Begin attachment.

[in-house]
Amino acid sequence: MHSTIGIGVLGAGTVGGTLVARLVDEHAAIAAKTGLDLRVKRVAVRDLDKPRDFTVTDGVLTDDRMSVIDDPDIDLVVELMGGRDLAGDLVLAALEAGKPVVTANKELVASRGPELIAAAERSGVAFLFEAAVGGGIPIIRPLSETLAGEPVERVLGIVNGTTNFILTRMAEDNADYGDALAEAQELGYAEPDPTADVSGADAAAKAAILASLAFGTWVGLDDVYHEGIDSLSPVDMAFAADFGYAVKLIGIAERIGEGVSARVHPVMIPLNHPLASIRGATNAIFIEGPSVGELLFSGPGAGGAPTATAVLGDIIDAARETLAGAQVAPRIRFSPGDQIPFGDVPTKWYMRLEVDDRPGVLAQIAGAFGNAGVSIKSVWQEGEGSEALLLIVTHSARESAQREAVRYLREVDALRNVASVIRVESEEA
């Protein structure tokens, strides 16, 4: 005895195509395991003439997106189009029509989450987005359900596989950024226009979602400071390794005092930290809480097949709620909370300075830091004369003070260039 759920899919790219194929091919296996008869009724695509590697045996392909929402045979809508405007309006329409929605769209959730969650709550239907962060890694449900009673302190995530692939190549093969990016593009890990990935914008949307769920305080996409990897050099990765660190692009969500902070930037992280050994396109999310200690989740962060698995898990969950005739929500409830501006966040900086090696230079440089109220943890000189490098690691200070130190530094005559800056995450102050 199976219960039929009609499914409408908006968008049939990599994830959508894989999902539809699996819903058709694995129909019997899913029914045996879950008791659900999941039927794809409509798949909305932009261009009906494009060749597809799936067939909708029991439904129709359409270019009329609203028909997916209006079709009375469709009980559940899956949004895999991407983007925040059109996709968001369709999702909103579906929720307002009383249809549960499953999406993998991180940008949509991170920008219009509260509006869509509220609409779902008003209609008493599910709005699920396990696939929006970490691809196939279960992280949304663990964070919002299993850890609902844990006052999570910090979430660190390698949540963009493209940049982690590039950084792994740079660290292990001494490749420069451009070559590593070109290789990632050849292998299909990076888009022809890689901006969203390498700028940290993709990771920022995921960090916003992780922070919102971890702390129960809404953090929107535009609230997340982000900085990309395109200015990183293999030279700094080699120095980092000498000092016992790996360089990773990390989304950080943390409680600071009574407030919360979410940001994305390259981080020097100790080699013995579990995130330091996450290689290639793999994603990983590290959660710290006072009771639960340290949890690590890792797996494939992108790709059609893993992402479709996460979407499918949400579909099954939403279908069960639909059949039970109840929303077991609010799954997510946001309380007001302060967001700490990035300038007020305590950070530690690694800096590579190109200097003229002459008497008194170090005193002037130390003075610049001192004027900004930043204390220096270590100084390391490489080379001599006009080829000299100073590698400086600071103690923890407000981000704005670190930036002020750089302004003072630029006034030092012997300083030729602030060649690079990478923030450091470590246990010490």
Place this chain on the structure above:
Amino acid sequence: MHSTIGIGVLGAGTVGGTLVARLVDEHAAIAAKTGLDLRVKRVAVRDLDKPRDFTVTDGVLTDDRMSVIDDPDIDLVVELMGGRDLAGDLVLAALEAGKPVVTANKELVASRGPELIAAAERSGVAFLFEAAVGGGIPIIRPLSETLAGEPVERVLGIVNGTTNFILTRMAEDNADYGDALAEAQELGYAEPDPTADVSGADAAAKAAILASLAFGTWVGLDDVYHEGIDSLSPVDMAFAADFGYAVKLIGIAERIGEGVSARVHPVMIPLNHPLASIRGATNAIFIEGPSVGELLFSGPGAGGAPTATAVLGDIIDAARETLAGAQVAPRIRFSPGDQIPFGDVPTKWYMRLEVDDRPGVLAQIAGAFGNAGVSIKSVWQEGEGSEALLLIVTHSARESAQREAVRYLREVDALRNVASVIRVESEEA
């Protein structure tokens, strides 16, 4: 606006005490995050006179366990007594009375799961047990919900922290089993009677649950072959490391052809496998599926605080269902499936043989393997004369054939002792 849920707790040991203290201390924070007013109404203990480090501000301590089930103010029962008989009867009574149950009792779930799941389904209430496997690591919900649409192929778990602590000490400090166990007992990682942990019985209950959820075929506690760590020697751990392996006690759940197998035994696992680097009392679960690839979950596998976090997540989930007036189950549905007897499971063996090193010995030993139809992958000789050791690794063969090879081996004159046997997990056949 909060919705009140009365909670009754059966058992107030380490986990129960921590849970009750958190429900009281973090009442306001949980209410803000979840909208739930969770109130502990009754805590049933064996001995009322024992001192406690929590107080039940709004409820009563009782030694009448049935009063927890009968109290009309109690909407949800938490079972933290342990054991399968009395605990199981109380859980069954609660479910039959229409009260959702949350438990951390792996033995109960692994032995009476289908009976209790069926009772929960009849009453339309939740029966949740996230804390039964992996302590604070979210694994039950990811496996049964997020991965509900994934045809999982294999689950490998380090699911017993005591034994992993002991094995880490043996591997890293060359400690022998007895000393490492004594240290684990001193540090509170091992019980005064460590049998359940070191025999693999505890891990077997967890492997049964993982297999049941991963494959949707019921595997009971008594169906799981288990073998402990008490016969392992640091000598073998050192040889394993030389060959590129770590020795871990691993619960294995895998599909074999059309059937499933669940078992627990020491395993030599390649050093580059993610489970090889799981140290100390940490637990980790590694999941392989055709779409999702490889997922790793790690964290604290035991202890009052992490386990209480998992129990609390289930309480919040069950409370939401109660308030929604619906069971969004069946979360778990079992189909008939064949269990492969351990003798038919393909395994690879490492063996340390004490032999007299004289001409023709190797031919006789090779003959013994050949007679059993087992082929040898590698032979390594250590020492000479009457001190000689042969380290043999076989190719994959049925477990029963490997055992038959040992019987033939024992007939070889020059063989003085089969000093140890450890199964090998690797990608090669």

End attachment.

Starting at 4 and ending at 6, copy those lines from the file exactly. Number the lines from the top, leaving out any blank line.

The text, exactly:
Place this chain on the structure above:
Amino acid sequence: MHSTIGIGVLGAGTVGGTLVARLVDEHAAIAAKTGLDLRVKRVAVRDLDKPRDFTVTDGVLTDDRMSVIDDPDIDLVVELMGGRDLAGDLVLAALEAGKPVVTANKELVASRGPELIAAAERSGVAFLFEAAVGGGIPIIRPLSETLAGEPVERVLGIVNGTTNFILTRMAEDNADYGDALAEAQELGYAEPDPTADVSGADAAAKAAILASLAFGTWVGLDDVYHEGIDSLSPVDMAFAADFGYAVKLIGIAERIGEGVSARVHPVMIPLNHPLASIRGATNAIFIEGPSVGELLFSGPGAGGAPTATAVLGDIIDAARETLAGAQVAPRIRFSPGDQIPFGDVPTKWYMRLEVDDRPGVLAQIAGAFGNAGVSIKSVWQEGEGSEALLLIVTHSARESAQREAVRYLREVDALRNVASVIRVESEEA
């Protein structure tokens, strides 16, 4: 606006005490995050006179366990007594009375799961047990919900922290089993009677649950072959490391052809496998599926605080269902499936043989393997004369054939002792 849920707790040991203290201390924070007013109404203990480090501000301590089930103010029962008989009867009574149950009792779930799941389904209430496997690591919900649409192929778990602590000490400090166990007992990682942990019985209950959820075929506690760590020697751990392996006690759940197998035994696992680097009392679960690839979950596998976090997540989930007036189950549905007897499971063996090193010995030993139809992958000789050791690794063969090879081996004159046997997990056949 909060919705009140009365909670009754059966058992107030380490986990129960921590849970009750958190429900009281973090009442306001949980209410803000979840909208739930969770109130502990009754805590049933064996001995009322024992001192406690929590107080039940709004409820009563009782030694009448049935009063927890009968109290009309109690909407949800938490079972933290342990054991399968009395605990199981109380859980069954609660479910039959229409009260959702949350438990951390792996033995109960692994032995009476289908009976209790069926009772929960009849009453339309939740029966949740996230804390039964992996302590604070979210694994039950990811496996049964997020991965509900994934045809999982294999689950490998380090699911017993005591034994992993002991094995880490043996591997890293060359400690022998007895000393490492004594240290684990001193540090509170091992019980005064460590049998359940070191025999693999505890891990077997967890492997049964993982297999049941991963494959949707019921595997009971008594169906799981288990073998402990008490016969392992640091000598073998050192040889394993030389060959590129770590020795871990691993619960294995895998599909074999059309059937499933669940078992627990020491395993030599390649050093580059993610489970090889799981140290100390940490637990980790590694999941392989055709779409999702490889997922790793790690964290604290035991202890009052992490386990209480998992129990609390289930309480919040069950409370939401109660308030929604619906069971969004069946979360778990079992189909008939064949269990492969351990003798038919393909395994690879490492063996340390004490032999007299004289001409023709190797031919006789090779003959013994050949007679059993087992082929040898590698032979390594250590020492000479009457001190000689042969380290043999076989190719994959049925477990029963490997055992038959040992019987033939024992007939070889020059063989003085089969000093140890450890199964090998690797990608090669």